Professional Misconduct Quotes

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As a result of its investigation, the NIH said that to qualify for funding, all proposals for research on human subjects had to be approved by review boards—independent bodies made up of professionals and laypeople of diverse races, classes, and backgrounds—to ensure that they met the NIH’s ethics requirements, including detailed informed consent. Scientists said medical research was doomed. In a letter to the editor of Science, one of them warned, “When we are prevented from attempting seemingly innocuous studies of cancer behavior in humans … we may mark 1966 as the year in which all medical progress ceased.
Rebecca Skloot (The Immortal Life of Henrietta Lacks)
Hope you’ve been keeping your nose clean,” DS Bradshaw said, trying to be jovial as he sipped a bottle of beer. I wondered what the police force would make of the fact that he was drinking alcohol at barely half past three in the afternoon. I would inform them at the first given opportunity, and also of his professional misconduct re Mum.
Matthew Crow (In Bloom)
The Cover-Ups By now, most discerning conservative Americans know that anyone who is a part of the Deep-State Cabal receives the protection of the men and women within their inner-circle. A prime example is Hillary Clinton. Much of what she did with her personal servers and e-mails broke federal laws. She placed a personal server in her closet that held several classified e-mails that, by law, were only to be on a government-protected classified server. She then erased tens of thousands of e-mails to prevent them from being downloaded by investigators. She had her computer hard drive wiped clean to prevent professionals from finding what she had written, and she destroyed phones. She broke election laws by contacting a foreign government and paying for fake information to trap Trump. There are also questionable donations for the Clinton Foundation from world leaders to perhaps gain political favors. Despite all of this, why was she protected and never charged for criminal misconduct?
Perry Stone (America's Apocalyptic Reset: Unmasking the Radical's Blueprints to Silence Christians, Patriots, and Conservatives)
Such is the legacy of Stan’s final attempt to achieve professional success. Ostensibly a humble shop dedicated to gifting the world with new gems from the mind of the man who made Marvel, POW was, by many accounts, a largely criminal enterprise. It stands accused of routinely ripping off investors, lying to shareholders, entering the stock market through an illegitimate merger, and committing bankruptcy fraud, among other misconduct. Reports differ as to how much Stan knew about what was going on, but even if he was out of the loop, his decision to stay out of the loop and remain uninterested in his own company’s dealings—especially in the wake of the Stan Lee Media debacle—does not speak well of him. Perhaps his neglect meant he ultimately had no problem with the commission of crimes, so long as the company kept filling his coffers with relatively easy money, as one lawsuit claims.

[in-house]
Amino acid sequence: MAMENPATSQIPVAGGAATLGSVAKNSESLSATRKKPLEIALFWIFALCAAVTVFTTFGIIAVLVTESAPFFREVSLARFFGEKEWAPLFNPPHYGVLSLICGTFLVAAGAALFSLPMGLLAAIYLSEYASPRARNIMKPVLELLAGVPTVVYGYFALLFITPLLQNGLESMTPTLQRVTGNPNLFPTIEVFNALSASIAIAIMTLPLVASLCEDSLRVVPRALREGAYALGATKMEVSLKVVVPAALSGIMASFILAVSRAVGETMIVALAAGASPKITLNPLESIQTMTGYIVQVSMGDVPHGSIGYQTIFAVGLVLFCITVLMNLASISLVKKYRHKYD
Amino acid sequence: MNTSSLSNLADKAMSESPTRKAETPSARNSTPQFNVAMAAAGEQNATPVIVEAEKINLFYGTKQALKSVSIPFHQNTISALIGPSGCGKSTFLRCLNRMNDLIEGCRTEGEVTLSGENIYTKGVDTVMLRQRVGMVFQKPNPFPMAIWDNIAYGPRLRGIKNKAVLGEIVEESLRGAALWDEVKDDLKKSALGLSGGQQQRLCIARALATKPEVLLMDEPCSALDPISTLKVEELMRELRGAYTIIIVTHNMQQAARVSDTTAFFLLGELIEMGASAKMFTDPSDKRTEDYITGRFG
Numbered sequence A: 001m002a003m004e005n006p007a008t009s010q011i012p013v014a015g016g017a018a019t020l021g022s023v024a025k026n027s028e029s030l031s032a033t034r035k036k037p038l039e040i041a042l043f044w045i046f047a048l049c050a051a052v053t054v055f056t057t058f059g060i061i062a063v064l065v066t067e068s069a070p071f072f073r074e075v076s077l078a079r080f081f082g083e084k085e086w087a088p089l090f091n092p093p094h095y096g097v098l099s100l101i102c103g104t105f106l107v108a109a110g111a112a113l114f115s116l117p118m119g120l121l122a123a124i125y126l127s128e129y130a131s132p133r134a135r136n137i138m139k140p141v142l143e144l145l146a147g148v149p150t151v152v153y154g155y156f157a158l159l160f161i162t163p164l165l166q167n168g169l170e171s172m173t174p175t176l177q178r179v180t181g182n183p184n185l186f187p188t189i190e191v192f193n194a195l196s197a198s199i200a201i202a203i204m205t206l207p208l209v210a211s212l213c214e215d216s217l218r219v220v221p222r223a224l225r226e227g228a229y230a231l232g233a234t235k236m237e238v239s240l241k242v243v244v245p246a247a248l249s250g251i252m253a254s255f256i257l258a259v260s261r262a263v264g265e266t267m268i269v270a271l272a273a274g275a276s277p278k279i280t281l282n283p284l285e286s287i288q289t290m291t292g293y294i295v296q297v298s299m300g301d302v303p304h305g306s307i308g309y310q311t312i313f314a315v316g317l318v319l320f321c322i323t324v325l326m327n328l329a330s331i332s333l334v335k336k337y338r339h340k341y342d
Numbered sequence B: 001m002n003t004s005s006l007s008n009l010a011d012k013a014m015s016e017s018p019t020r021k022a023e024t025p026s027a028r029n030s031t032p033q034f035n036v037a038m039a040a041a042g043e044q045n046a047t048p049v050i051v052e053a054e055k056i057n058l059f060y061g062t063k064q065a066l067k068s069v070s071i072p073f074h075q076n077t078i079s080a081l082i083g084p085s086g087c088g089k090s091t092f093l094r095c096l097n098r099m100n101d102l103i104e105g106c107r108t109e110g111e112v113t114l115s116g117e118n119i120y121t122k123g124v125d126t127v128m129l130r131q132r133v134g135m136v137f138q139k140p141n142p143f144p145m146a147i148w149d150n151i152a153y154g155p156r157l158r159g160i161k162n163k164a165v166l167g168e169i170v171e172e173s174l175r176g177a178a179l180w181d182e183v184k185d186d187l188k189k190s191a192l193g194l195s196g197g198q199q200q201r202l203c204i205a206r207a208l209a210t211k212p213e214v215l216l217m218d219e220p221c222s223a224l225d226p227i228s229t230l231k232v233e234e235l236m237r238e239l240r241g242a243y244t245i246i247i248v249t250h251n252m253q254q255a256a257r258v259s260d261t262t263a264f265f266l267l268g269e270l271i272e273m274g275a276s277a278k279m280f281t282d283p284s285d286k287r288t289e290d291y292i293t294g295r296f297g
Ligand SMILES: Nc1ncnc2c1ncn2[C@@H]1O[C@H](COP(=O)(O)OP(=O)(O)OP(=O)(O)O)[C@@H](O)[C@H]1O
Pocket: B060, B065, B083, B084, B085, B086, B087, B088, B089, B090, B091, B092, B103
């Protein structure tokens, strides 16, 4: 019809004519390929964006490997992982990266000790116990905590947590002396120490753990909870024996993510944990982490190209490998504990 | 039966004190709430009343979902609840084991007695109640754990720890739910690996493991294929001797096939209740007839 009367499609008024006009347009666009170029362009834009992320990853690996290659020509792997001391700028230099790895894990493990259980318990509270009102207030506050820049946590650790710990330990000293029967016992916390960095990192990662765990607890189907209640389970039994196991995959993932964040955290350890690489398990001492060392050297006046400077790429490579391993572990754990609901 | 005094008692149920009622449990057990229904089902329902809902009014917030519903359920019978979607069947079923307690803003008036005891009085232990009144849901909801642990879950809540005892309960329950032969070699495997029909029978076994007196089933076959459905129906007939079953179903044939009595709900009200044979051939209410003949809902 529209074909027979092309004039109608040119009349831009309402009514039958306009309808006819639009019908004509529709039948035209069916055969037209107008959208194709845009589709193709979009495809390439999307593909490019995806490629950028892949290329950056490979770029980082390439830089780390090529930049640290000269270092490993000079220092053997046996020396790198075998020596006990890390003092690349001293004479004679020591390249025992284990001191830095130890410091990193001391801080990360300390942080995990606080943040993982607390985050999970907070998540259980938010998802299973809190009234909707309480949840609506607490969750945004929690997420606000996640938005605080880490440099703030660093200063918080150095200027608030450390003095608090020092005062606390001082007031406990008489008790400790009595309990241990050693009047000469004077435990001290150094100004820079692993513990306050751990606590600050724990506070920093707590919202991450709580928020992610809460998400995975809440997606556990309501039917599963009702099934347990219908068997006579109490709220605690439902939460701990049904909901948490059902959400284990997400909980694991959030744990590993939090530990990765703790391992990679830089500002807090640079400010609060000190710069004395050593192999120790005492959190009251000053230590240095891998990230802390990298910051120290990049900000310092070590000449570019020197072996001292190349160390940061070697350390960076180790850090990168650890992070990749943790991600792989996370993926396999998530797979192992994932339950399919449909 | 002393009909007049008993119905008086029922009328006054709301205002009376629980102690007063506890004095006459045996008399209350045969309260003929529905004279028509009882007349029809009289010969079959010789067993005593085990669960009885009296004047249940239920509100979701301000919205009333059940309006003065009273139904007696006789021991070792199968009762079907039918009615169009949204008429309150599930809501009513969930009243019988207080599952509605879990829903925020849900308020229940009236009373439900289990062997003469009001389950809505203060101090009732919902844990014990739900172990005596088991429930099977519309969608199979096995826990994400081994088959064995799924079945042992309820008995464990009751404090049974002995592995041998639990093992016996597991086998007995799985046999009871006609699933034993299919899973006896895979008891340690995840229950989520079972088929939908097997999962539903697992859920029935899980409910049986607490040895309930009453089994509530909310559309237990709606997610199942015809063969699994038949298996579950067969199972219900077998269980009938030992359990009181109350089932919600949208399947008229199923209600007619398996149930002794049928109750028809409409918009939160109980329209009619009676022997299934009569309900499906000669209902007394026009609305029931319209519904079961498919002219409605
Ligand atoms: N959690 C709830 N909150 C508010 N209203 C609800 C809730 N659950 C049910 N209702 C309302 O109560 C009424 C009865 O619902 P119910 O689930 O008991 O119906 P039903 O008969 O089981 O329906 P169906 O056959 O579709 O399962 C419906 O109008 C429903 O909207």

Abraham Riesman (True Believer: The Rise and Fall of Stan Lee)
This is about my encyclopaedia, isn't it?" His face hardened. "I don't like what you're implying, Emily." I gave a disbelieving laugh. "I don't like being accused of professional misconduct." His reaction had bolstered my suspicions. I'd heard rumors that Rose was working on his own encyclopaedia of the Folk--- a project that had reportedly occupied much of his career. He'd said nothing to me about it before or after my book came out, but there had been a distinct cooling of our already cool relations. "I don't wish to imply anything untoward," I said. "So I will simply say it: you resent me. You spent years on your own encyclopaedia, obsessing over minor details as you always do, and you were too blinded by your own arrogance to think that someone else might beat you to the punch. Ruining my reputation will be to your benefit, won't it? I've often noticed, sir, that for all we scholars shake our heads at the amorality of the Folk, on many occasions we demonstrate that we lack the high ground.
Heather Fawcett (Emily Wilde's Map of the Otherlands (Emily Wilde, #2))